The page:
In 1880, Fort Spokane was a long way from the centers of white population. The fort was situated on the edge of the Indian reservation to keep Indians on the reservation and keep white encroachment off. Fifty-five miles from the nearest railroad, and hours from there by rough wagon roads, supplying the fort and its nearly two hundred hungry and thirsty soldiers was a cumbersome task.
It was the job of the quartermaster to retrieve the needed supplies. This building was the quartermaster’s stable, also known as the mule barn. At the height of the fort’s activity this barn was crowded with 13 army wagons, 4 escort wagons, a spring wagon, 3 trucks, and 6 carts, 8 horses, 65 draft mules, and 9 pack mules. The men who cared for the animals apparently had their favorites: you can still see the names of some of the animals written above the stalls.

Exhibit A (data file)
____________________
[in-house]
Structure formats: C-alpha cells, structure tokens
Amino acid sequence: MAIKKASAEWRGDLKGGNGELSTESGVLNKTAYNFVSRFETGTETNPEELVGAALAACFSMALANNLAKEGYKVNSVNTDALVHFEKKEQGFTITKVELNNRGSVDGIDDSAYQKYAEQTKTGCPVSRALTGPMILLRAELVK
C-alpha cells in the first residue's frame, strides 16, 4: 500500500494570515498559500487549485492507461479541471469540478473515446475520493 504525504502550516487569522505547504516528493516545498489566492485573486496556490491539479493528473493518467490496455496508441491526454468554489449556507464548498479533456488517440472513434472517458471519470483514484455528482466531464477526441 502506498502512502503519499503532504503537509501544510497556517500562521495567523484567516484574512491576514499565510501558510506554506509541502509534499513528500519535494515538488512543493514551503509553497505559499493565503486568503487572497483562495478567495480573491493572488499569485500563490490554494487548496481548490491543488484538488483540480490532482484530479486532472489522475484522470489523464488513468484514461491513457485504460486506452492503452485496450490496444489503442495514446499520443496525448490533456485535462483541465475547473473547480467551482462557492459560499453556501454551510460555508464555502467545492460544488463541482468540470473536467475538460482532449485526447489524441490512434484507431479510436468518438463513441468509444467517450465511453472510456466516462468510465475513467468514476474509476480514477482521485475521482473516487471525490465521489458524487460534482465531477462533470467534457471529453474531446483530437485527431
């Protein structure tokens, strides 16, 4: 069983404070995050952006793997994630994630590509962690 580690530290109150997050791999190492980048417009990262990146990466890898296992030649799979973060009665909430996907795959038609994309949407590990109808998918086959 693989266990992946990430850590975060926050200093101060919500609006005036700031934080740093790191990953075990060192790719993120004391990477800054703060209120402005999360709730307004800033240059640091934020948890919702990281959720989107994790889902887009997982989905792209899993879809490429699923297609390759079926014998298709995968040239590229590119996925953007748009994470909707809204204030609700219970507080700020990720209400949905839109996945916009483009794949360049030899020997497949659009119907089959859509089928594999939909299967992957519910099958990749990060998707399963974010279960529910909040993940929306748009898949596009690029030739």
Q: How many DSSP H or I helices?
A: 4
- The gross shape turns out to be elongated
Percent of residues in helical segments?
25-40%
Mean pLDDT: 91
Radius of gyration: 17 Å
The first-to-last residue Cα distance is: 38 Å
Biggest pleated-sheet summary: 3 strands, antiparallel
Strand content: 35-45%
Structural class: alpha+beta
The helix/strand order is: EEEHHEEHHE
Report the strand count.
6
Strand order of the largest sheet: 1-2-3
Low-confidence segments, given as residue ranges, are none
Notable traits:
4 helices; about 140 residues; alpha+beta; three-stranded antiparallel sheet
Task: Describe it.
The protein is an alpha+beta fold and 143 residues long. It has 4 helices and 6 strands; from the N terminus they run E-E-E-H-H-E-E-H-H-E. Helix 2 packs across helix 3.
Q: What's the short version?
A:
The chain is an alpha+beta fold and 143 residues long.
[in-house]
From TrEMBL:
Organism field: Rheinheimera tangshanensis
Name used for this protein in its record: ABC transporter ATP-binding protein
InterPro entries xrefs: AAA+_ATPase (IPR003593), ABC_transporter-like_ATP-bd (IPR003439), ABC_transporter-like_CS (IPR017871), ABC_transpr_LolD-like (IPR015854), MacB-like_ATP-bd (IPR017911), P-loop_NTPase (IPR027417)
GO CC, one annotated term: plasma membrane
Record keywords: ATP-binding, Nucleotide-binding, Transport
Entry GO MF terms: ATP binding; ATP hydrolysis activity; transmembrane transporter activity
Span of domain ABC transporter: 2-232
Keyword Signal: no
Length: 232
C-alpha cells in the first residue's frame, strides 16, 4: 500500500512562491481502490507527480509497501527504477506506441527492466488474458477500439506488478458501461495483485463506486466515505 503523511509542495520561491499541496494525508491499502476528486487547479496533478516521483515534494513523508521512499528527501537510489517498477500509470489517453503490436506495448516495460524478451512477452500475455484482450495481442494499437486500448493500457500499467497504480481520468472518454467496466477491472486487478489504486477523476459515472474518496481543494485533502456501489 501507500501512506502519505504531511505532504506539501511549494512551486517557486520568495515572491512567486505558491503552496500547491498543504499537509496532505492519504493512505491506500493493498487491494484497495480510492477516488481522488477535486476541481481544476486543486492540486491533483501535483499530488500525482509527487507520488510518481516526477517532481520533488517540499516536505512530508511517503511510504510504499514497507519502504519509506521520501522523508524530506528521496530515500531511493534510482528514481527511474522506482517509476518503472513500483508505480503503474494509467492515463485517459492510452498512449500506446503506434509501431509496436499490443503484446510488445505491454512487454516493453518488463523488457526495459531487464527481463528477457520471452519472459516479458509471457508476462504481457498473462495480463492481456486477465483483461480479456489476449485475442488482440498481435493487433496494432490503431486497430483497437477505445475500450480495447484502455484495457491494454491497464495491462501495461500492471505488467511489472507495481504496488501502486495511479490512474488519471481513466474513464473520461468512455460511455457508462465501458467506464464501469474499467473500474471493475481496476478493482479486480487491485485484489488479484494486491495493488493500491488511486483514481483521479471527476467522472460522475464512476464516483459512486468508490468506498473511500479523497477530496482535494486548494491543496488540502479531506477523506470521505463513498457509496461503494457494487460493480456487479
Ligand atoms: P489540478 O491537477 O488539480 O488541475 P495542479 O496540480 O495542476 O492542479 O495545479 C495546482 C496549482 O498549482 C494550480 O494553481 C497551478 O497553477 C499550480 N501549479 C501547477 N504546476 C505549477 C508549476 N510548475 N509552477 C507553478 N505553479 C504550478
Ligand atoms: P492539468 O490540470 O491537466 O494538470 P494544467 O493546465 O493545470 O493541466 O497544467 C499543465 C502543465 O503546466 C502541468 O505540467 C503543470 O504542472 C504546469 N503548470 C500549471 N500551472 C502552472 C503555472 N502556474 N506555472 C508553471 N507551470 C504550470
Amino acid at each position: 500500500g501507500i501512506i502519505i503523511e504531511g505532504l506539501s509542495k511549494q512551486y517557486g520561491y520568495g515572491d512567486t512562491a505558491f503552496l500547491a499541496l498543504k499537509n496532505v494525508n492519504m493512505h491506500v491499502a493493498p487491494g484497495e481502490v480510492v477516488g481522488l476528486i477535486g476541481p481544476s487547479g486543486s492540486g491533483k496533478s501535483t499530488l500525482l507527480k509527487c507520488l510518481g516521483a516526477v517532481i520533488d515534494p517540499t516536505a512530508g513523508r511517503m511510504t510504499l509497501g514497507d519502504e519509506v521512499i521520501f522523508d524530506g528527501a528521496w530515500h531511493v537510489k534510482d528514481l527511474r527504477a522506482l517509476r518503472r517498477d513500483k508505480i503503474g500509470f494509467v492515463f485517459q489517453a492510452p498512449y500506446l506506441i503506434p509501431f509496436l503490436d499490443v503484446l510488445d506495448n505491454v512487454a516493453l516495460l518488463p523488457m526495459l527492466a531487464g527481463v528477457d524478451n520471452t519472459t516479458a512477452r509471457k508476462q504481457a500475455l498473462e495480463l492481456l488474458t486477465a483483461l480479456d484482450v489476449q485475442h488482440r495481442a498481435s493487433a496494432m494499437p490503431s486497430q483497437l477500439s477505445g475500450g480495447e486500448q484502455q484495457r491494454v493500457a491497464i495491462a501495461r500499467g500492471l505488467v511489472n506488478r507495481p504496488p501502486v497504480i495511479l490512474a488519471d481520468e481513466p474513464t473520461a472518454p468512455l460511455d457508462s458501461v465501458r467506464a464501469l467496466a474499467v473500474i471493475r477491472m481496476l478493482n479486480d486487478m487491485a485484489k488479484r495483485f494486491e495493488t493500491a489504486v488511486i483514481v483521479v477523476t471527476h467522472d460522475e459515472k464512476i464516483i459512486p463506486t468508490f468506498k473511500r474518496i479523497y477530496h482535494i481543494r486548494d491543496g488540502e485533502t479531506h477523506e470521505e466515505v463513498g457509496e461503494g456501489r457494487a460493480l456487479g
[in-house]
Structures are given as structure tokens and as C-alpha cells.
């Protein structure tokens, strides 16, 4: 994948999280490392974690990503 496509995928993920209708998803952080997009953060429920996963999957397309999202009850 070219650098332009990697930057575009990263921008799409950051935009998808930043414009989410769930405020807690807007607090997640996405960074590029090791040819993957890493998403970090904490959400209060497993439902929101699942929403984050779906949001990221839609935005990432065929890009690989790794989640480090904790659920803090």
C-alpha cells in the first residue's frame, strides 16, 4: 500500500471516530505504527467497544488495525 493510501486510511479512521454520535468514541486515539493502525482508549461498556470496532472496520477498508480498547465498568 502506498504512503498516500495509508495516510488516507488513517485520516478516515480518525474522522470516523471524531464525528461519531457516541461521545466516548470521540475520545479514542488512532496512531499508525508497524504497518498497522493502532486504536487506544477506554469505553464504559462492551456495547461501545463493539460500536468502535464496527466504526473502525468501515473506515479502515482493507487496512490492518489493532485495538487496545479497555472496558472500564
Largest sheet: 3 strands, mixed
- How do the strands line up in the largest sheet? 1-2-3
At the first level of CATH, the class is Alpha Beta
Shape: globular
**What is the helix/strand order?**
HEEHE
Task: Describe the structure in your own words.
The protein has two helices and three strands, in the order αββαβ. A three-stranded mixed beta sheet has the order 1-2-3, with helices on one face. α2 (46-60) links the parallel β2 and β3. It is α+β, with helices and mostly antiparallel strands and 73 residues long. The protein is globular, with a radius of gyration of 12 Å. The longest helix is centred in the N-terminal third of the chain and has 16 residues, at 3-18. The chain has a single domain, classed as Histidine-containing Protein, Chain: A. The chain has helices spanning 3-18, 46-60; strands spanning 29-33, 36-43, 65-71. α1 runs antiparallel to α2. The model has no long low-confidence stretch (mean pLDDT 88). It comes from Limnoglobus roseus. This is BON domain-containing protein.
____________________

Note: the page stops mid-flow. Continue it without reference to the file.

What kinds of supplies were carried to Fort Spokane? The rations of the soldiers provide some clues. There was “much reliance on potatoes and onions” for the diet of the soldiers. Other rations included canned baked beans, bacon, maple syrup, beef, dried peas, rice, hominy, and a gallon of vinegar every day per hundred men at the fort. In addition to food, the wagons would have been filled with uniforms, ammunition, medical supplies, mail and government correspondence, and personal effects for the enlisted men, the officers, and their families.
The quartermaster's stable is one of the last buildings still standing on the fort grounds. After the fort was decommissioned, the building served as a barn for the Indian boarding school and then the hospital. After the government was done with the land, it was leased to a local farmer who continued to use the barn for his work. Today, the mule barn is unoccupied, but you can still see the inside of the building on a tour.